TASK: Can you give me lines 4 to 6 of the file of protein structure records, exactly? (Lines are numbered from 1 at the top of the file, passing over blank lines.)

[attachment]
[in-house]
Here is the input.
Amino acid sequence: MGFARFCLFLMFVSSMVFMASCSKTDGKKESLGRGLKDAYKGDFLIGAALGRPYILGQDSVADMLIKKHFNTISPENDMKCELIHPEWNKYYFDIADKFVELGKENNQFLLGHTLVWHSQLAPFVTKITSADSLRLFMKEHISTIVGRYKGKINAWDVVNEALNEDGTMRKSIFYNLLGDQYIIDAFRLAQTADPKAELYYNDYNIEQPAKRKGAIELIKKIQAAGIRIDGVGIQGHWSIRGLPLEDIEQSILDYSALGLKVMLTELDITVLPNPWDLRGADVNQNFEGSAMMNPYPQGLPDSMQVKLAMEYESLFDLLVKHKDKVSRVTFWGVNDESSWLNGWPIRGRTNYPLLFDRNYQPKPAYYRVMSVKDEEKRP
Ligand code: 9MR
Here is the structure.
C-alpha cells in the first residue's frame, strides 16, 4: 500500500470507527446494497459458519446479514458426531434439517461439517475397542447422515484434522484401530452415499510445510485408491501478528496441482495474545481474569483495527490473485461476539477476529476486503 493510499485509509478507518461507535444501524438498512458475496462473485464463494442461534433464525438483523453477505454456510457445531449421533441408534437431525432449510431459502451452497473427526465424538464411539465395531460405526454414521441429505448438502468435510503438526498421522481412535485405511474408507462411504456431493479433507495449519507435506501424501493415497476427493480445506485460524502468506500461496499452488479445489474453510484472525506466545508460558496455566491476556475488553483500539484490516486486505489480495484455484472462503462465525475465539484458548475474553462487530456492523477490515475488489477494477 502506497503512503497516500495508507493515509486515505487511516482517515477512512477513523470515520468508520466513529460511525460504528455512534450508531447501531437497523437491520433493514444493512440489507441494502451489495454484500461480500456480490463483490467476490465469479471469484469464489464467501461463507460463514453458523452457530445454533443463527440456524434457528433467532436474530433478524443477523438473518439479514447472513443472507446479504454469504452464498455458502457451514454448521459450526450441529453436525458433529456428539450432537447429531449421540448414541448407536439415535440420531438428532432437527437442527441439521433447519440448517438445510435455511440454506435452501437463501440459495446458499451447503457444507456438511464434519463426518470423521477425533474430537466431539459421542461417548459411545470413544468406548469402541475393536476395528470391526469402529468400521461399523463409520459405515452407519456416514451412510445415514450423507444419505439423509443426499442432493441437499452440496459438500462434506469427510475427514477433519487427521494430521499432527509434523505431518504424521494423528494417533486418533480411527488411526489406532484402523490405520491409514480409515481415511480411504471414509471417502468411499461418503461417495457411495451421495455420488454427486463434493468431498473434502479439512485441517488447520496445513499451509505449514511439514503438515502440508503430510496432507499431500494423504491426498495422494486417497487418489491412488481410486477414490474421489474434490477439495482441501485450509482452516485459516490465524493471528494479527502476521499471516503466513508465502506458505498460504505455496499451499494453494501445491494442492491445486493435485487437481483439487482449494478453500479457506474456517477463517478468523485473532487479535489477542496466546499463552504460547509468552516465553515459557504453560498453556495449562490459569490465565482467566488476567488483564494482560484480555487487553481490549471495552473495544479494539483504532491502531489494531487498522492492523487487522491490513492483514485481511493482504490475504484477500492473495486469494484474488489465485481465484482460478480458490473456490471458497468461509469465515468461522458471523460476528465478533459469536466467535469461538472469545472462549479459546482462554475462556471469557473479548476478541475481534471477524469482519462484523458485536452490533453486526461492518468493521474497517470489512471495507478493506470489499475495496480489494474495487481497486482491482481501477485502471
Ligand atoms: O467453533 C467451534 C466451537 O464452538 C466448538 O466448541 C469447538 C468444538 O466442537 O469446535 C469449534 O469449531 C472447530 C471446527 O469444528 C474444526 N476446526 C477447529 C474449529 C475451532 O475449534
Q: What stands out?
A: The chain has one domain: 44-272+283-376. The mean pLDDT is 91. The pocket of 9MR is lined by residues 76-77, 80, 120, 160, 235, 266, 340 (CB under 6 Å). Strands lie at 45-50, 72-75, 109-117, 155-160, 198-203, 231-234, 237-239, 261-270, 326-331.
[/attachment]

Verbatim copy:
Ligand code: 9MR
Here is the structure.
C-alpha cells in the first residue's frame, strides 16, 4: 500500500470507527446494497459458519446479514458426531434439517461439517475397542447422515484434522484401530452415499510445510485408491501478528496441482495474545481474569483495527490473485461476539477476529476486503 493510499485509509478507518461507535444501524438498512458475496462473485464463494442461534433464525438483523453477505454456510457445531449421533441408534437431525432449510431459502451452497473427526465424538464411539465395531460405526454414521441429505448438502468435510503438526498421522481412535485405511474408507462411504456431493479433507495449519507435506501424501493415497476427493480445506485460524502468506500461496499452488479445489474453510484472525506466545508460558496455566491476556475488553483500539484490516486486505489480495484455484472462503462465525475465539484458548475474553462487530456492523477490515475488489477494477 502506497503512503497516500495508507493515509486515505487511516482517515477512512477513523470515520468508520466513529460511525460504528455512534450508531447501531437497523437491520433493514444493512440489507441494502451489495454484500461480500456480490463483490467476490465469479471469484469464489464467501461463507460463514453458523452457530445454533443463527440456524434457528433467532436474530433478524443477523438473518439479514447472513443472507446479504454469504452464498455458502457451514454448521459450526450441529453436525458433529456428539450432537447429531449421540448414541448407536439415535440420531438428532432437527437442527441439521433447519440448517438445510435455511440454506435452501437463501440459495446458499451447503457444507456438511464434519463426518470423521477425533474430537466431539459421542461417548459411545470413544468406548469402541475393536476395528470391526469402529468400521461399523463409520459405515452407519456416514451412510445415514450423507444419505439423509443426499442432493441437499452440496459438500462434506469427510475427514477433519487427521494430521499432527509434523505431518504424521494423528494417533486418533480411527488411526489406532484402523490405520491409514480409515481415511480411504471414509471417502468411499461418503461417495457411495451421495455420488454427486463434493468431498473434502479439512485441517488447520496445513499451509505449514511439514503438515502440508503430510496432507499431500494423504491426498495422494486417497487418489491412488481410486477414490474421489474434490477439495482441501485450509482452516485459516490465524493471528494479527502476521499471516503466513508465502506458505498460504505455496499451499494453494501445491494442492491445486493435485487437481483439487482449494478453500479457506474456517477463517478468523485473532487479535489477542496466546499463552504460547509468552516465553515459557504453560498453556495449562490459569490465565482467566488476567488483564494482560484480555487487553481490549471495552473495544479494539483504532491502531489494531487498522492492523487487522491490513492483514485481511493482504490475504484477500492473495486469494484474488489465485481465484482460478480458490473456490471458497468461509469465515468461522458471523460476528465478533459469536466467535469461538472469545472462549479459546482462554475462556471469557473479548476478541475481534471477524469482519462484523458485536452490533453486526461492518468493521474497517470489512471495507478493506470489499475495496480489494474495487481497486482491482481501477485502471